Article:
Figure 14.

Autophagy in the deep cerebellar nuclei of 13 month-old Ngsk (A, C–F) and 10 month-old ZH-I (B)Prnp0/0 mice.AE. PC presynaptic boutons establishing symmetrical synapses (arrowheads) with somato-dendritic profiles of deep cerebellar neurons (DCN) and containing different stages of double-membrane wraps sequestrating neuroplasm (* in A, B, D, E) and mitochondria (m in C, F).F. Myelinated PC-like axon with mitophagic profiles. Scale bars = 500 nm.

The absence of BAX not only protected some PCs from neurotoxicity in the cerebellum of the Ngsk Prnp0/0 mice [121], but also decreased the number of autophagic neurons suggesting that the PCs rescued by Baxdeficiency do not display activated autophagy, whereas the autophagic PCs in the Bax−/−;Ngsk Prnp0/0 cerebellum are likely to result from PrP-deficiency as in the ZH-I Prnp0/0 cerebellum. Nevertheless, the persistent loss of Bax−/−;Ngsk Prnp0/0 PCs could result from an increased sensitivity of these PCs to the Ngsk condition compared to ZH-I Prnp0/0 PCs.

The complex pattern of neuronal death observed in neurodegenerative diseases is believed to involve an extensive interplay between the major cell death pathways [177, 178]. This is likely the case in prion-infected, as well as PrP-deficient neurons such as PCs. We further investigated PC death in Ngsk Prnp0/0 and ZH-I Prnp0/0 COCS by measuring PC survival and development using morphometric methods [179] in COCS from these PrP-deficient mice. Similar timing and amplitude of PC growth impairment and death were observed in all PrP-deficient genotypes. Indeed, PC surface, perimeter, and dendritic extension increased between 7 and 21 DIV in the wild-type COCS, while no significant variation of surface and perimeter could be measured in the PrP-deficient mutant COCS during this period ( Figure 15 ). Similarly, wild-type and PrP-deficient PCs displayed equivalent maximal dendritic extension after 7 days ex vivo, but wild-type PCs continued to increase their maximal dendritic length until 21 DIV, while the dendrites of PrP-deficient PCs did not grow during this period [14, 180]. Thus, PrP-deficient PCs exhibit a similar developmental deficit which seems to be independent of Dpl expression in COCS.

Figure 15.

PC growth deficits and loss in PrP-deficient COCS.A,B. PC area (A) and perimeter (B) of WT PCs increased from DIV7 to DIV21, whereas both dimensions in NgskPrnp+/0, NgskPrnp0/0 and ZH-IPrnp0/0 PCs did not change during the same period. A. At DIV7, WT PC area was larger than area of PrP-deficient PCs.C. While the longest dendrite of WT PCs had significantly grown from DIV7 to DIV21, the longest dendrite of PrP-deficient PCs displayed similar growth impairment suggesting that in both Ngsk and ZH-I conditions, PrP-deficiency is responsible for PC growth deficits.DF. PC loss occurred progressively during the DIV7-DIV21 period in WT COCS (40% at DIV21) while similar loss of PrP-deficient PCs had occurred in the NgskPrnp+/0, NgskPrnp0/0 (40%) and ZH-IPrnp0/0 (55%) COCS as early as DIV7. E. The NgskPrnp0/0 COCS had lost many more PCs than the WT COCS over the DIV3-DIV7 period indicating a neurotoxic effect during this period that is attributable to PrP-deficiency since the Ngsk and the ZH-I conditions induced similar neuronal loss at DIV7.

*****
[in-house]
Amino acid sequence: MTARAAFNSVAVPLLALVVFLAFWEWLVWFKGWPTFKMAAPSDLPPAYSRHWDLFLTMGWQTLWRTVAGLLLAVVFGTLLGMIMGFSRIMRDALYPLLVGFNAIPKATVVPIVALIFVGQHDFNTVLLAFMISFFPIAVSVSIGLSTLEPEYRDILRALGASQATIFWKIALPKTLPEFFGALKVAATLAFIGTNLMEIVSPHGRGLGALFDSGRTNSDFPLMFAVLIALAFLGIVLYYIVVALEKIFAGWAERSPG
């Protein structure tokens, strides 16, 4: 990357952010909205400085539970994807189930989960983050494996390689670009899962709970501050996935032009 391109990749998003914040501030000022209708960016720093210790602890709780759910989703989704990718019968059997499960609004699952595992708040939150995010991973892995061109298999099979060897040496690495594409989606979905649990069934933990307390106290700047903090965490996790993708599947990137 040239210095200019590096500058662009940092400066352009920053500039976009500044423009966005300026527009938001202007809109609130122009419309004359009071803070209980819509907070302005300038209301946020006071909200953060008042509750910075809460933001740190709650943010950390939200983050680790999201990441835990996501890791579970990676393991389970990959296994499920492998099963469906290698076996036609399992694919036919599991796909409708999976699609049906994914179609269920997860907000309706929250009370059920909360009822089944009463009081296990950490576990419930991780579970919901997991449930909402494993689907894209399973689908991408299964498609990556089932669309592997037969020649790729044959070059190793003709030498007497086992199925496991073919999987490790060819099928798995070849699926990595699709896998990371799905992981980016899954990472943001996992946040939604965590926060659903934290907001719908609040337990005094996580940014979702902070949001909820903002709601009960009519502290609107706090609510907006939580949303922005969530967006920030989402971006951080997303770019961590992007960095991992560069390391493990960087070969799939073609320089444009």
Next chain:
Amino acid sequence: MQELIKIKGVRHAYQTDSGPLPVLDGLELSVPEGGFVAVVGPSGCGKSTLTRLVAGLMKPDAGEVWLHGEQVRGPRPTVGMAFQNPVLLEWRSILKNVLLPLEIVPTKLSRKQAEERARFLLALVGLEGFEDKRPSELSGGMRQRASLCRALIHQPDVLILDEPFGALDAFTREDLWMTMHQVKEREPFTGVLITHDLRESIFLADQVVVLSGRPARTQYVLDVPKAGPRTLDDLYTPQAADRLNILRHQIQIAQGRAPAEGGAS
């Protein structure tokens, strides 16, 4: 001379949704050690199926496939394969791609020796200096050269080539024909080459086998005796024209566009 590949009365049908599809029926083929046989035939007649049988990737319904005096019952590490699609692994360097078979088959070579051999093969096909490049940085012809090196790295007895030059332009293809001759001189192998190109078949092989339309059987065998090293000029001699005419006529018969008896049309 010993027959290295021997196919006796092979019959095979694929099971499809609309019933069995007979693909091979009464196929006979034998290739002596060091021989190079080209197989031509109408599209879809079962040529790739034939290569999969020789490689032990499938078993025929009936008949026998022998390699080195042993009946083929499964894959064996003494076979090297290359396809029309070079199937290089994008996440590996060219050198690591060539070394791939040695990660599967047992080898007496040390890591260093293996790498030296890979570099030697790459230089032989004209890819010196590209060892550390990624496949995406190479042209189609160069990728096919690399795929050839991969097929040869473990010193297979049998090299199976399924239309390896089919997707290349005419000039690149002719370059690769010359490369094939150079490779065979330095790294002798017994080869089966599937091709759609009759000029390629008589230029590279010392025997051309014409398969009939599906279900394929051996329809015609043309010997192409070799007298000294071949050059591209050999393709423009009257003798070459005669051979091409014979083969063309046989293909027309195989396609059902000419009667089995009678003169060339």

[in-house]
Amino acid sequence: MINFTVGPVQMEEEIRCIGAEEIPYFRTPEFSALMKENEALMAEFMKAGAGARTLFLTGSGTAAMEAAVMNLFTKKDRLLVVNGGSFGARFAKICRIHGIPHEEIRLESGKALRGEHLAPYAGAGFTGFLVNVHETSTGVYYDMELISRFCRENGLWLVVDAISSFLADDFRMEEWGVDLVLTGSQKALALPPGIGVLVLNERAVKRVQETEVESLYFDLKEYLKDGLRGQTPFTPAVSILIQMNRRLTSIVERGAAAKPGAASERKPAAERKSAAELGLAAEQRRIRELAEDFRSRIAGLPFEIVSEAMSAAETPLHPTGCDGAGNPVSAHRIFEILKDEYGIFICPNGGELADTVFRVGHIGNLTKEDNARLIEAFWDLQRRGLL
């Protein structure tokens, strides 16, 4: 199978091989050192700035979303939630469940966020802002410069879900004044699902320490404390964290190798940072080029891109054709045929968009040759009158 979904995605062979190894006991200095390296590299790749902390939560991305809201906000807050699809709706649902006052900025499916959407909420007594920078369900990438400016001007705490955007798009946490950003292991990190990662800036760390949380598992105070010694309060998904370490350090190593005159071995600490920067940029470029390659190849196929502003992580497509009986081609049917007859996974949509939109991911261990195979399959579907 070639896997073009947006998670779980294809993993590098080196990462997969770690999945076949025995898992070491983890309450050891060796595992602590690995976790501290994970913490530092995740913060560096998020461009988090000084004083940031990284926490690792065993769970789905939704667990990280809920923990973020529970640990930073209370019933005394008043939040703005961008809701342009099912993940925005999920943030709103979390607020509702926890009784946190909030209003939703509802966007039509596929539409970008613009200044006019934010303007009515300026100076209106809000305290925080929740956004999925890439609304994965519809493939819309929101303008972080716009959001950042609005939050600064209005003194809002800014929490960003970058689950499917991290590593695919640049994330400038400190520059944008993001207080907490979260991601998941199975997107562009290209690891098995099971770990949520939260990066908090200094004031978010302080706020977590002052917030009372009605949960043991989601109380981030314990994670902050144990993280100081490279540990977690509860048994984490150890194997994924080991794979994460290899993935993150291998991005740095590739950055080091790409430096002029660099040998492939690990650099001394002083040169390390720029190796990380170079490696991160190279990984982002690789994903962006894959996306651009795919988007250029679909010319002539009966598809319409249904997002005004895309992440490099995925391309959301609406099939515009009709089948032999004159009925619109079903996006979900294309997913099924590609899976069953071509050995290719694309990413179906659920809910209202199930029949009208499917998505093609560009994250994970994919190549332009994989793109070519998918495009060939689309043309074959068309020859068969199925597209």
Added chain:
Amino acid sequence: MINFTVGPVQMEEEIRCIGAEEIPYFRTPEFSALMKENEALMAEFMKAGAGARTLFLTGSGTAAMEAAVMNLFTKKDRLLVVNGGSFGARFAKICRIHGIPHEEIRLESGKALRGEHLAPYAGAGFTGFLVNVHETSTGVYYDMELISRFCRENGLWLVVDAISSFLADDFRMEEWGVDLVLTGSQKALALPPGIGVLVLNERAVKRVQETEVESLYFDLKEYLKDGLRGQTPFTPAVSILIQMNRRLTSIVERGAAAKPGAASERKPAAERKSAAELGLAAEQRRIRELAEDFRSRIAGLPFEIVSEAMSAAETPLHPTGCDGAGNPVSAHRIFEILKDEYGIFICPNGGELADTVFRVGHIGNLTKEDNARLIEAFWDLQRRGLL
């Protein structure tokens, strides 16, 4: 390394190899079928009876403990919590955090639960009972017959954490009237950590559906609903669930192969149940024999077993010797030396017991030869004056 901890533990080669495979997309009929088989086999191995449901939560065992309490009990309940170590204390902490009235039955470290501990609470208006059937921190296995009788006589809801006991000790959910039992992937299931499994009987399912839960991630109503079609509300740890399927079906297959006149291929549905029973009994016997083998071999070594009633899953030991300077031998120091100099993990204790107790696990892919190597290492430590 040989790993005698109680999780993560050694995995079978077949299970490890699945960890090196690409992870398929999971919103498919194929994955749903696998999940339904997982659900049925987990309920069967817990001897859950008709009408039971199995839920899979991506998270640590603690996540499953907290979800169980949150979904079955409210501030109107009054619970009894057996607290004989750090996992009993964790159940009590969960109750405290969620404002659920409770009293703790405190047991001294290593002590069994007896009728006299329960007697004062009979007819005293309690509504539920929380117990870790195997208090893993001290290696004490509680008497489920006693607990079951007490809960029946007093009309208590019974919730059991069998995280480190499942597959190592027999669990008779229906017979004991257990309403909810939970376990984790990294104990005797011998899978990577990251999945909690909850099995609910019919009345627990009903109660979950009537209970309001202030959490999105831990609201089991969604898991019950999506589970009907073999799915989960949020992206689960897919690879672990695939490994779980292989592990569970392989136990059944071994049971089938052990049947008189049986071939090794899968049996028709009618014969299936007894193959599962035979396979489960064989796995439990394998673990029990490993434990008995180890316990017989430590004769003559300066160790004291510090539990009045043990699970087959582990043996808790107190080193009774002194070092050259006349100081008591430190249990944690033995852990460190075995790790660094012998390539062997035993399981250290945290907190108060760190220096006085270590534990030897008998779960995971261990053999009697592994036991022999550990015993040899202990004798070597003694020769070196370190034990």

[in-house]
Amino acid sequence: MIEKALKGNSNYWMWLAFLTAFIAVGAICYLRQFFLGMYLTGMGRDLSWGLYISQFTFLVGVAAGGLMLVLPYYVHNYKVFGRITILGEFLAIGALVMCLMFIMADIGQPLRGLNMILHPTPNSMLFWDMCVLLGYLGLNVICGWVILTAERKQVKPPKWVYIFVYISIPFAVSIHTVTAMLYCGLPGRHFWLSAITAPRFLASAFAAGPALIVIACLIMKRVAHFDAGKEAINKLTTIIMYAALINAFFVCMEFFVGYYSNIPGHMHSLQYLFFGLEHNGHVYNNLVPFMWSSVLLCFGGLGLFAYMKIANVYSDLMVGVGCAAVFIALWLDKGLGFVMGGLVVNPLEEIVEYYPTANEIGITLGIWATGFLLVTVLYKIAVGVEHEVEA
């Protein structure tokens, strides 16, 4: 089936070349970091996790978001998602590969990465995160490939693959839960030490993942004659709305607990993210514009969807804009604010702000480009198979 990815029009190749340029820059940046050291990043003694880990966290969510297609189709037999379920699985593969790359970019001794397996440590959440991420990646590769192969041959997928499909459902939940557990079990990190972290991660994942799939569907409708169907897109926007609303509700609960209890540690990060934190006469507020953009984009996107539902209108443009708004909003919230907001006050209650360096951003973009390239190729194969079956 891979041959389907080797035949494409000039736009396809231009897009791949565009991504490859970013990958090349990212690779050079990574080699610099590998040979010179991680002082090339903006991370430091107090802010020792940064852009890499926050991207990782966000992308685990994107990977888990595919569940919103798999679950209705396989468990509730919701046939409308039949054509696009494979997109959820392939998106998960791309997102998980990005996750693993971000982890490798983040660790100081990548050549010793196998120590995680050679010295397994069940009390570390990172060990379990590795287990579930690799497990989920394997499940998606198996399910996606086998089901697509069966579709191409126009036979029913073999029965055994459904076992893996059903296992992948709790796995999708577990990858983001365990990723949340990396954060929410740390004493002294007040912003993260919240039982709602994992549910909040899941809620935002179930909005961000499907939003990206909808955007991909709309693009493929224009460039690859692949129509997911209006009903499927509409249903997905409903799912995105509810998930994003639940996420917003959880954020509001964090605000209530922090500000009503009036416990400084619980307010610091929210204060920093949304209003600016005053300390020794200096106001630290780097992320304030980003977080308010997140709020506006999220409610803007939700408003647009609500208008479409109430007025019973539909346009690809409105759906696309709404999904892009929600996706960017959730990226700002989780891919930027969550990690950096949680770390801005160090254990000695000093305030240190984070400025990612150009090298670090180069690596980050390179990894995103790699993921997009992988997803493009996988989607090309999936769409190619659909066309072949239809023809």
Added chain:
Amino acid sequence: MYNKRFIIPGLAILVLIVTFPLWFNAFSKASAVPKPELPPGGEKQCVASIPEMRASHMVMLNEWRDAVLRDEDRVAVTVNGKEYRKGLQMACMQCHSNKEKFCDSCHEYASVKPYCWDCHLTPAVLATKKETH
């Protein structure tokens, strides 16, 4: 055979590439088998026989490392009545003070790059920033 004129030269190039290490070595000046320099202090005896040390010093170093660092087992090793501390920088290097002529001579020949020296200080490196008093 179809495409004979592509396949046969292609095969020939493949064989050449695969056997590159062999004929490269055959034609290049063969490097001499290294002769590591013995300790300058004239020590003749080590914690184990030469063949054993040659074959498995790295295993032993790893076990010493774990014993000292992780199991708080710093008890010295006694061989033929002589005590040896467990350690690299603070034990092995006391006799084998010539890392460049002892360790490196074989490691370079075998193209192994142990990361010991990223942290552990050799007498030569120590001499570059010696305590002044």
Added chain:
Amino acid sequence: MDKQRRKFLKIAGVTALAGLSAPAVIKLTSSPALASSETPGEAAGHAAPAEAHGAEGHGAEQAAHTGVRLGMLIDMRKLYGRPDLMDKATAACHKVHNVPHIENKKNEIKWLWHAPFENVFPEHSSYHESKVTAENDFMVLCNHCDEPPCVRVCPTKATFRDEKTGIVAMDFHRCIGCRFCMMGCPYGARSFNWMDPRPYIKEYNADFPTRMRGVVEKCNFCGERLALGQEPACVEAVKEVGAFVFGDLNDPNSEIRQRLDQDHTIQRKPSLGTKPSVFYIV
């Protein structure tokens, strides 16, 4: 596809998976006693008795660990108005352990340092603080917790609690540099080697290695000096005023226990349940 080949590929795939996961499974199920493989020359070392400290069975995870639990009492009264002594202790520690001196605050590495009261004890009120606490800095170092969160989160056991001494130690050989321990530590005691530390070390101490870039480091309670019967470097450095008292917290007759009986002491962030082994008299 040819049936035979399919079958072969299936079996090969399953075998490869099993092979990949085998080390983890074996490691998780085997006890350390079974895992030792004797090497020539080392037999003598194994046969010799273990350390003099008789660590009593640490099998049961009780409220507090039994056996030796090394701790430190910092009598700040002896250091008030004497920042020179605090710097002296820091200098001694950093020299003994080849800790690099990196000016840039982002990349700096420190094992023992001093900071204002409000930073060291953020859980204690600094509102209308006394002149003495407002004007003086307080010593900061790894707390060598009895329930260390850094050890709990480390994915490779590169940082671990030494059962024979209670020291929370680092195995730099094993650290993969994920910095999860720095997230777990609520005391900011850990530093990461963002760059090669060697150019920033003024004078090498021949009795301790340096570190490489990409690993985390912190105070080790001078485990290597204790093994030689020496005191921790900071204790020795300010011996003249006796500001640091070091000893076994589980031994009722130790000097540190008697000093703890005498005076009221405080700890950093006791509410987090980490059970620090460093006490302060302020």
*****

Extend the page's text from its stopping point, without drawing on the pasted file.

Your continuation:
The neurotoxic effects of PrP-deficiency were quantitatively analyzed by counting PCs at 3, 5, 7, 12, and 21 days in COCS from wild-type, Ngsk Prnp+/0, Ngsk Prnp0/0, and ZH-I Prnp0/0. Whereas, wild-type PCs’ numbers remained stable during the whole period, severe PC loss (68–69%) had occurred at 7 DIV and slightly increased up to 21 DIV in all PrP-deficient mutant COCS. PC loss displayed similar kinetics and amplitude in Ngsk Prnp+/0, Ngsk Prnp0/0, and ZH-I Prnp0/0 COCS suggesting that despite detectable levels of 15–20 kDa glycosylated form of Dpl in the Ngsk Prnp0/0 COCS ( Figure 16 ), it may be not implicated in PC death in ex vivocultures.

Figure 16.

Western blot of Dpl in NgskPrnp0/0 DIV7 COCS and 12 month-old mouse cerebellum. Dpl was detected in a NgskPrnp0/0 COCS at DIV7 andin situin the cerebellar extract from a 12 month-old NgskPrnp0/0 mouse but not in the cerebellum of a wild-type (WT) mouse. Dpl migrates at 15–20 kDa after deglycosylation by peptide N-glucosidase (PNGase).

Furthermore, at the ultrastructural level, whereas autophagic organelles were rare in wild-type PCs after 7 and 12 DIV, Ngsk Prnp0/0 PCs contained numerous autophagosomes and autophagolysosomes at different maturation stages ( Figure 17 ). During the period of PC death in the Prnp0/0 COCS (i.e., 3, 5, and 7 DIV) Western blotting of apoptotic and autophagic markers revealed a 4- to 5-fold increase in markers of autophagosomal formation such as LC3B-II (at 5 DIV), p62, and beclin-1 (at 3 and 5 DIV) in the ZH-I and Ngsk Prnp0/0 COCS and the lysosomal receptor LAMP-1 in the Ngsk Prnp0/0 COCS at 7 DIV ( Figure 18 ). Increased amounts of activated caspase-3 indicated the apoptosis in protein extracts of COCS from both Prnp0/0 genotypes as early as 3DIV [14].

Figure 17.

Autophagy in NgskPrnp0/0 PCs ex vivo.A. PC cytoplasm in a 12 DIV WT COCS. m, mitochondrion; l, lysosome. Scale bar = 500 nm.B–D. Autophagic PC cytoplasm in 7 DIV NgskPrnp0/0 COCSs. Asterisks indicate nascent autophagic vacuoles in B and different maturation stages of autophagolysosomes in C and D. n, nucleus. Scale bar = 2 μm.